As we move onto the other Four, Death (XIII or 1+3), set in the Mental Sept, characterising the more transformative energies, we begin to see how the structure and immovability of the Four must embrace the creativity and energy of the One and the restructuring/compromise/recognition of others of the Three, to ensure that the home does not become a prison; that structure and walls do not cut us off from the world around us; that familiar patterns and stability do not bind us to unhealthy situations that need to develop and grow with us; and that we do not rush to defend that which has become untenable out of habit or misguided loyalty. Building structure into our lives is something that must be periodically revisited, to ensure we have not outgrown its boundaries, and, by doing so, fettered our own growth. Death is often portrayed as a skulled or skeletal figure in a black robe or black armour, carrying a scythe or a black flag with a white flower design, walking or riding through a field in which he (she/it) tramples over prone figures, one of which is usually portrayed in rich vestments and wearing a crown (the Emperor, perhaps?). The flag, a white flower on a black field, talks about rebirth after death, and the need to cull or cut back in order to allow for growth to occur. Often seen as a portent, ill-omen or 'bad card' in the Majors, the Death has something of an unfair reputation - after all, would we stay in the family home, if we outgrow it, trying to squeeze a family of 6 into a house built for 3? Should we stay in a relationship because it is familiar and comforting, even though we die a little more each day, knowing that it is not fulfilling us? Do we insist on staying in a job that is slowly killing us with stress or destroying our ambition with boredom, because we fear what giving up that security might mean?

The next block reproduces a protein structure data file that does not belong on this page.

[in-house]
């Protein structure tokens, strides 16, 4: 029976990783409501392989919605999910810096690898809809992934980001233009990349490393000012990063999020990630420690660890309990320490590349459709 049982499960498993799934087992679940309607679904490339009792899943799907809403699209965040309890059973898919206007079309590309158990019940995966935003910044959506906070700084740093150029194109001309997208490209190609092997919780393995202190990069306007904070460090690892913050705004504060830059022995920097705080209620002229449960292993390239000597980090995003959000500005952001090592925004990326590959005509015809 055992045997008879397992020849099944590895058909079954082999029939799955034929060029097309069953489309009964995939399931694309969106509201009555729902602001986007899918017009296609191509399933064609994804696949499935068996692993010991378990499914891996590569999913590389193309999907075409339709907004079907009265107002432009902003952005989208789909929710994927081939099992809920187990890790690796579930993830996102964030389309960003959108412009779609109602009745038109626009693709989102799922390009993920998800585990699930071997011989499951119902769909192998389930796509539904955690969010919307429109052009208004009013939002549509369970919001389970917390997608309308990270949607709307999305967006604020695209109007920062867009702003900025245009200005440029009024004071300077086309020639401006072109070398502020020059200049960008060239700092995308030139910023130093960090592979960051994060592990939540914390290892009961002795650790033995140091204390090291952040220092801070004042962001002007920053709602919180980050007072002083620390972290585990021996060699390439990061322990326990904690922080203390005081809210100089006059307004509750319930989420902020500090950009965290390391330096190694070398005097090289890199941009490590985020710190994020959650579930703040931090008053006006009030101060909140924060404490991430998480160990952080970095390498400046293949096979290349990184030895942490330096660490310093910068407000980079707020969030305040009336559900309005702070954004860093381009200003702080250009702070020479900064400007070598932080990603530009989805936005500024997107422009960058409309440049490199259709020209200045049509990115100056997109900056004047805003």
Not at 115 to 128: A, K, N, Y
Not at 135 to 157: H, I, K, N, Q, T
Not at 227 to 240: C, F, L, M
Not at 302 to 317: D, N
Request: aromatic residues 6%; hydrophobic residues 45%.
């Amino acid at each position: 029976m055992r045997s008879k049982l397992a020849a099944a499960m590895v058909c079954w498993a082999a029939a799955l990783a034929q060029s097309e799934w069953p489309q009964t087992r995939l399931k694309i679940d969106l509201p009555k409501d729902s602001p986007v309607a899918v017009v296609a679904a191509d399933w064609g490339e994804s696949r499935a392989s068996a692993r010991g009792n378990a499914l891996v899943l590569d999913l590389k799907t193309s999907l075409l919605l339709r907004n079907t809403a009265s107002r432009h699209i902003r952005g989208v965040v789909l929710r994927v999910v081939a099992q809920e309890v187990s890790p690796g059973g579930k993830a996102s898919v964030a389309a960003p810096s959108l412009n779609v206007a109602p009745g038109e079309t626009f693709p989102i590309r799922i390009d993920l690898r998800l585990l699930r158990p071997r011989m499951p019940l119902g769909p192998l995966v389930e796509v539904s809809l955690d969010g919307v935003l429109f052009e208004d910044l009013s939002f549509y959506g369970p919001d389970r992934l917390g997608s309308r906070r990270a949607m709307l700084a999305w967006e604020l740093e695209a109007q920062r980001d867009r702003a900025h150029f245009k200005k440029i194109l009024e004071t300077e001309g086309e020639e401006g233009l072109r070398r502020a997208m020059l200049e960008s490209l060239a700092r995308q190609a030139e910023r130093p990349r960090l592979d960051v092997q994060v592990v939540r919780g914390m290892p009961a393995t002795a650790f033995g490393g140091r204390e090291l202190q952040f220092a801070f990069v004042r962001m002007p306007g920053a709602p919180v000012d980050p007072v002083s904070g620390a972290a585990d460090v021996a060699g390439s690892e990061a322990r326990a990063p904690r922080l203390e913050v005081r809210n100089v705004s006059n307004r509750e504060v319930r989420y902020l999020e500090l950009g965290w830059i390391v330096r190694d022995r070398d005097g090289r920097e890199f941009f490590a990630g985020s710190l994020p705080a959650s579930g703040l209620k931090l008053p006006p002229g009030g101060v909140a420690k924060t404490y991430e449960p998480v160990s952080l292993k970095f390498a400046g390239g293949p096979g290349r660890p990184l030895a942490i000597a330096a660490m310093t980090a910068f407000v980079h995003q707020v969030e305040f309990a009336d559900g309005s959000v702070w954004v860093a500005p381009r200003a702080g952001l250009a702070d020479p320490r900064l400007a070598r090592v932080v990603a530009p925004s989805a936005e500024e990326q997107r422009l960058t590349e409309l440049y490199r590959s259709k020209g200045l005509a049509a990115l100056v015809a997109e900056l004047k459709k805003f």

Death represents the ugly truth, in the saying that most people would 'prefer a beautiful lie to the ugly truth', and as such, we can resist it, rail against it, and make change an unwelcome guest in a situation that is stifling us. Death does not mean that we must throw the baby out with the bathwater, but simply recognise that the baby is now a grown person, and needs a bigger bath, their own place, and a way to fulfill their place in it. Death is a call to 'sharpen the saw' (or scythe), to be bold, and cut away those things that no longer serve us, so that we can replace them with things that do, reinvigorating, revitalising, and ultimately, strengthening our lives, our resolve and our selves, such that we are a better, bigger, brighter version of that structured Four that seeks to serve us so well!
It's the Fours that call on us to welcome solid foundations, structure, and protection into our lives...but not at the cost of being too limited or bound to tradition or the familiar, that we cannot move beyond it, living our lives as a snapshot of 'once upon a time'. They are cards of construction, building, finalising and facilitating, strengthening and stabilising.
What are your experiences of the Fours in Tarot? I'd love to hear your thoughts!